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Report

Five Principles for Reforming Developmental Education: A Review of the Evidence

10/2022
| Susan Bickerstaff, Katie Beal, Julia Raufman, Erika B. Lewy, Austin Slaughter

In response to evidence that multi-semester prerequisite developmental education hinders academic progress for many college students, policymakers, educators, and administrators in community colleges and other broad-access postsecondary institutions have focused over the past decade on reforming developmental education practices, including how students are assessed as needing additional academic support. Researchers have studied interventions that colleges have undertaken to determine which reforms improve outcomes of students traditionally referred to developmental education.

In this report from the Center for the Analysis of Postsecondary Readiness (a joint project of the Community College Research Center and MDRC), the authors review both impact and implementation studies published between 2010 and 2022 to summarize what is known about how innovations to developmental education can improve student outcomes. Relying primarily on 17 studies that meet rigorous research standards, they outline five principles that are key for colleges that want to engage in developmental education reform:

  1. Grant students access to college-level math and English courses.
  2. Provide targeted and tiered supports to address students’ academic and nonacademic needs.
  3. Employ contextualized curriculum and student-centered pedagogy.
  4. Use equity-minded approaches for design and implementation.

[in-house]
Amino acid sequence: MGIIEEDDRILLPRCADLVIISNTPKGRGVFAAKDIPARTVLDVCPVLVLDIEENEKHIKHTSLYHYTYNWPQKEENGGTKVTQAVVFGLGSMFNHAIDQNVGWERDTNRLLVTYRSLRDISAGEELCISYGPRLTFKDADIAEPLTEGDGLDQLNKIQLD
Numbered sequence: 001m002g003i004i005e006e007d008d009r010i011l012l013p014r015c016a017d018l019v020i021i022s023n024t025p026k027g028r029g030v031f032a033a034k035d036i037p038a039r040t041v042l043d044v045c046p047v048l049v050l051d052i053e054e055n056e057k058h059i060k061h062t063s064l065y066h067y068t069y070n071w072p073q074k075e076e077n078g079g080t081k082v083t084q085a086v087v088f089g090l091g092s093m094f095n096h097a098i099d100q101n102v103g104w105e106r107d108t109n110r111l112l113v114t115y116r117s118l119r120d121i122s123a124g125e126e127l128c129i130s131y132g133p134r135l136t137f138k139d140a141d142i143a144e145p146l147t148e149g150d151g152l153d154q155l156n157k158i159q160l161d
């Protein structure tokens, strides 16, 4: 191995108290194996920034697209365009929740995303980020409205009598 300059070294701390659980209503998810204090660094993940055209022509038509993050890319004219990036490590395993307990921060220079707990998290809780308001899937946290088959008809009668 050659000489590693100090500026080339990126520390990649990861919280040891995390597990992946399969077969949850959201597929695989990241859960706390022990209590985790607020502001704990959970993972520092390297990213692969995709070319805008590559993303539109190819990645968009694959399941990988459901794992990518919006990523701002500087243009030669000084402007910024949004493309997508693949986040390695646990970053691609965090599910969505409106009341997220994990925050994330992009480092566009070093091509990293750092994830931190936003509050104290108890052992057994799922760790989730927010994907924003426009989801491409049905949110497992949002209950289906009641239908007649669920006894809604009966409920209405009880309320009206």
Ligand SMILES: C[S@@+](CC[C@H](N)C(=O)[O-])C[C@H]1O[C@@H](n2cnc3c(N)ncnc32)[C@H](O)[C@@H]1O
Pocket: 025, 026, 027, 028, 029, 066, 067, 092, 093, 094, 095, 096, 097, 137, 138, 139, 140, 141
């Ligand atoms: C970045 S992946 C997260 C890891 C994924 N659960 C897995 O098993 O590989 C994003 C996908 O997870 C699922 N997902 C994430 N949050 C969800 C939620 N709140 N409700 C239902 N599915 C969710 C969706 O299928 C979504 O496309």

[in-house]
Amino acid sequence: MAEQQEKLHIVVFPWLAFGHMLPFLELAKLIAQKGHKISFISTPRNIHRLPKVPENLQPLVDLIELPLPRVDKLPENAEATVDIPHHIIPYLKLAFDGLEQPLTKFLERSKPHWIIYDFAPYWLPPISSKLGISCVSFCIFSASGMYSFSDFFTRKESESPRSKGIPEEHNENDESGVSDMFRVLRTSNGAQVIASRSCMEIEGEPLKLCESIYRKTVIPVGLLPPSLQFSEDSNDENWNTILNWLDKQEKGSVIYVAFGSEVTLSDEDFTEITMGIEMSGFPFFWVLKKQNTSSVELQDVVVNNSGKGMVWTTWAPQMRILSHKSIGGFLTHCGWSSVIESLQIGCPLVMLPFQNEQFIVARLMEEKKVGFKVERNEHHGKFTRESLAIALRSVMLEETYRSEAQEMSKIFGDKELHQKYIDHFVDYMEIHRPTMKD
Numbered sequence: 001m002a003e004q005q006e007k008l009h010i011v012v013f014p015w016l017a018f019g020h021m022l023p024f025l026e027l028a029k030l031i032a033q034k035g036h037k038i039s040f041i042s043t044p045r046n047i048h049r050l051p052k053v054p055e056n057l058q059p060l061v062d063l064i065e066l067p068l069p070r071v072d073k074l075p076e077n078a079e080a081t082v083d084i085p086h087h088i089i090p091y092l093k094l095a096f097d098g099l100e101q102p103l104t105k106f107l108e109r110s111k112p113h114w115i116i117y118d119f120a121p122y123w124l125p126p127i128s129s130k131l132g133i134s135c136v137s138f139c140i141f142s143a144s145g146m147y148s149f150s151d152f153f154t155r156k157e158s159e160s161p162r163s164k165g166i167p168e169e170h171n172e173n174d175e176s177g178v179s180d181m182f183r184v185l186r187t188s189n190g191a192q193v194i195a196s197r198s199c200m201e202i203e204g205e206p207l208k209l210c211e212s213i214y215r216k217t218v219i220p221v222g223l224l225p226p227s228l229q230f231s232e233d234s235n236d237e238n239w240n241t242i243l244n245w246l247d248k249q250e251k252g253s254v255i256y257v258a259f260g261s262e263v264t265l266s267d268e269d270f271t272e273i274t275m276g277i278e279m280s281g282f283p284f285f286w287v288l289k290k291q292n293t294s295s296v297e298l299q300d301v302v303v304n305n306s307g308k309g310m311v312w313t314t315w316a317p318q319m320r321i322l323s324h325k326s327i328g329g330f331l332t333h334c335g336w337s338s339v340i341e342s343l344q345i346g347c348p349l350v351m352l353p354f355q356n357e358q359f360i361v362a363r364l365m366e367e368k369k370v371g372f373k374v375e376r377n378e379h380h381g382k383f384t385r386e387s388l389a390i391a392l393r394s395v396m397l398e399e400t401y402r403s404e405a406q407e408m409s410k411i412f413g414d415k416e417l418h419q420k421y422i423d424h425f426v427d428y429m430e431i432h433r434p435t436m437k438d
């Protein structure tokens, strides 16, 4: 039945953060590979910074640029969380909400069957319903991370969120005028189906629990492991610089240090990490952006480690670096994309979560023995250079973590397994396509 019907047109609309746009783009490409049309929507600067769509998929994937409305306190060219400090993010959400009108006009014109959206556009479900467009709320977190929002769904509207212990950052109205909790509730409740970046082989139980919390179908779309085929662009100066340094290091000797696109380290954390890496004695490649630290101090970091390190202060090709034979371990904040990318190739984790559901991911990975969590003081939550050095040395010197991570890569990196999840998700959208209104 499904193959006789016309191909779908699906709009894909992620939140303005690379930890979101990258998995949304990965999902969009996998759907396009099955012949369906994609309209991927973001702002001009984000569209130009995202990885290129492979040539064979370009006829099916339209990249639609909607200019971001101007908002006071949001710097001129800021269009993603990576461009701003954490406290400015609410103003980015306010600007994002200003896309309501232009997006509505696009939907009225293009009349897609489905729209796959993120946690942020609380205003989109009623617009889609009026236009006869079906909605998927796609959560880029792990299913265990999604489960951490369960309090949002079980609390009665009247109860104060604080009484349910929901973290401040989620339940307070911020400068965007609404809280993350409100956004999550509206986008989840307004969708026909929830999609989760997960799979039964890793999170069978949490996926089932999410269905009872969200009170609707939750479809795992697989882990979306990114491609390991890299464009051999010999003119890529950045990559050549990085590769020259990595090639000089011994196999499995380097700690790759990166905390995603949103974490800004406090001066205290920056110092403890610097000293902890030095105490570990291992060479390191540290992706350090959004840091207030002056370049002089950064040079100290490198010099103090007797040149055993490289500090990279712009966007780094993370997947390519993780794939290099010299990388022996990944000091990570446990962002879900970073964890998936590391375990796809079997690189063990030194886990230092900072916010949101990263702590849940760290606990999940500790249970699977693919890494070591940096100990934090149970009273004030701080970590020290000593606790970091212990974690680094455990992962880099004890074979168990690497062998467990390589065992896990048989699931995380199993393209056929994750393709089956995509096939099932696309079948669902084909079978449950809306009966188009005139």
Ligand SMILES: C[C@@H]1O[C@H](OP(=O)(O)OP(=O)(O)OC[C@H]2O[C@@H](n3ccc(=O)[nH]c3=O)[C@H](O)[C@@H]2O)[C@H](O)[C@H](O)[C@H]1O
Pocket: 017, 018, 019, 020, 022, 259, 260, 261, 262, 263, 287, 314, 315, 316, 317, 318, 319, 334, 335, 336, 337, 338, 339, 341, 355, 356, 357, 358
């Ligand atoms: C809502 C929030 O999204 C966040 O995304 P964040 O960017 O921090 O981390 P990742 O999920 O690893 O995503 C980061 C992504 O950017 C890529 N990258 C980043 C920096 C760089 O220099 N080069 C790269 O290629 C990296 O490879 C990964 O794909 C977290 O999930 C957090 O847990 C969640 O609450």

5. Implement developmental education reforms alongside comprehensive, sustained supports to improve long-term outcomes.

The authors consider how well developmental education reforms are working for students traditionally underserved in higher education, including students who are Black, Latinx, and from low-income backgrounds, as well as students with greater academic needs. They also identify areas in which stronger evidence is needed for guiding reform efforts. They argue that future research should aim to uncover specific policies and practices in institutions and classrooms that serve as barriers to racially minoritized students, and they note that more knowledge is required on how to support students with greater academic and nonacademic needs. They also discuss the costs of various reforms and note that more cost-effectiveness research is needed on interventions and strategies, such as corequisite support courses and granting students direct access to college-level courses without support.